A stroke survivor has been able to move her hand and arm for the first time in nine years after spinal stimulation.
In 2012, 22-year-old Heather Rendulic suffered a stroke that left her with a paralyzed left side.
Researchers at the University of Pittsburgh and Carnegie Mellon University used the new technology Stimulate the spinal cord in her neck.
Ms Rendulic, 33, can move a can of soup and even cut a steak with a knife and fork while being prodded, something she hasn’t been able to do for almost a decade.
Ms Rendulic, who lives in the US, said: “The stimulation feels a bit like scratching an itch, it never hurts, but I would say it takes some getting used to.
“It’s amazing because I can move my arms and hands in a way I haven’t done in almost a decade.”
It is estimated that around 100,000 people in the UK suffer a stroke each year.
About two-thirds of the 1.2 million survivors were unable to return to work, in part due to long-term effects on movement control.
“The whole lab is crying”
“We found that electrical stimulation of specific areas of the spinal cord allowed patients to move their arms in ways they couldn’t do without stimulation,” said Marco Capogrosso, assistant professor of neurosurgery at the University of Pittsburgh and co-senior study author.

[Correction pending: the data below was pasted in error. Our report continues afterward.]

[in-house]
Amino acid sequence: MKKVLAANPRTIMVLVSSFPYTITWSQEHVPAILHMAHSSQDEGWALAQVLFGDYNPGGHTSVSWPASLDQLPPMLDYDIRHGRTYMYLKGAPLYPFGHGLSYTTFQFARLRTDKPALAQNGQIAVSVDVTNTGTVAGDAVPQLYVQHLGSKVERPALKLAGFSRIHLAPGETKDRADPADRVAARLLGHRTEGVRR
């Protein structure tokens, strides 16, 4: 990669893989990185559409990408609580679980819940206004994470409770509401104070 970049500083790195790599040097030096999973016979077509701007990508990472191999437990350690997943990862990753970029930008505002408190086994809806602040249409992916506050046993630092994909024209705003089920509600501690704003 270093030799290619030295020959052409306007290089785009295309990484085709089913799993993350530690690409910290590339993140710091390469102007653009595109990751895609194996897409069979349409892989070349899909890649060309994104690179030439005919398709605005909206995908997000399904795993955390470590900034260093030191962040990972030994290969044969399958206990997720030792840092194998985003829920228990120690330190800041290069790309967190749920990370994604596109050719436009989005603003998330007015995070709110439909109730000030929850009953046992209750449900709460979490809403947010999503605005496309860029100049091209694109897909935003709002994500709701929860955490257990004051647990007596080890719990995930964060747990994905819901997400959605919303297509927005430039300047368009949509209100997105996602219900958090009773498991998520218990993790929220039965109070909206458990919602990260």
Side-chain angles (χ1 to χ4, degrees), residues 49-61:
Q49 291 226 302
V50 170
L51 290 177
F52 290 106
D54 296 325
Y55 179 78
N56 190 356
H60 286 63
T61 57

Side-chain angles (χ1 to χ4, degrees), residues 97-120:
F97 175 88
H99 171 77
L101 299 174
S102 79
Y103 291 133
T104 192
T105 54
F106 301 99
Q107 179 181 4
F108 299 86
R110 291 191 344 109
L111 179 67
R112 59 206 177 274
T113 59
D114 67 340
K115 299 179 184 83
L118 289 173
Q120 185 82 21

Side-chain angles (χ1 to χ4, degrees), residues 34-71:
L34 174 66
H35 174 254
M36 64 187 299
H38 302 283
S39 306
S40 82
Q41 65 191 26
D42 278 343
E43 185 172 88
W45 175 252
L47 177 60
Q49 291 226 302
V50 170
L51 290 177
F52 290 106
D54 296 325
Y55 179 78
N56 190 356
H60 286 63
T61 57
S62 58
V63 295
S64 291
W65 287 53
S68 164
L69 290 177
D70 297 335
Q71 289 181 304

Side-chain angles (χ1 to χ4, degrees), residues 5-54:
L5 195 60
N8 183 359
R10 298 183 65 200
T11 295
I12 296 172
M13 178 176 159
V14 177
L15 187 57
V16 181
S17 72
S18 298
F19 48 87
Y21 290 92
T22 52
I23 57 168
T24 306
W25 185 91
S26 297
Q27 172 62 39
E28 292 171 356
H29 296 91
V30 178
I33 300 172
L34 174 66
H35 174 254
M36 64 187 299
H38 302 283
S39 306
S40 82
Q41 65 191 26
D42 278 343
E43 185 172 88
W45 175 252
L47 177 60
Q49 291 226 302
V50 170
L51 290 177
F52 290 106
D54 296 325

He said Ms Rendulic was “able to move her hand and arm nine years later from day one” after receiving the stimulation.
“The whole lab was crying because … we really didn’t expect it to work so quickly.”
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The researchers believe their new technique may offer hope to those considered permanently disabled.
According to the study, the benefits of spinal stimulation were felt for up to four weeks after the procedure ended, with no serious side effects.
The procedure involves implanting a pair of thin metal electrodes that look like spaghetti wire along the neck to engage intact nerve cells.
It is hoped that more trial participants will give researchers an idea of which stroke patients could benefit the most.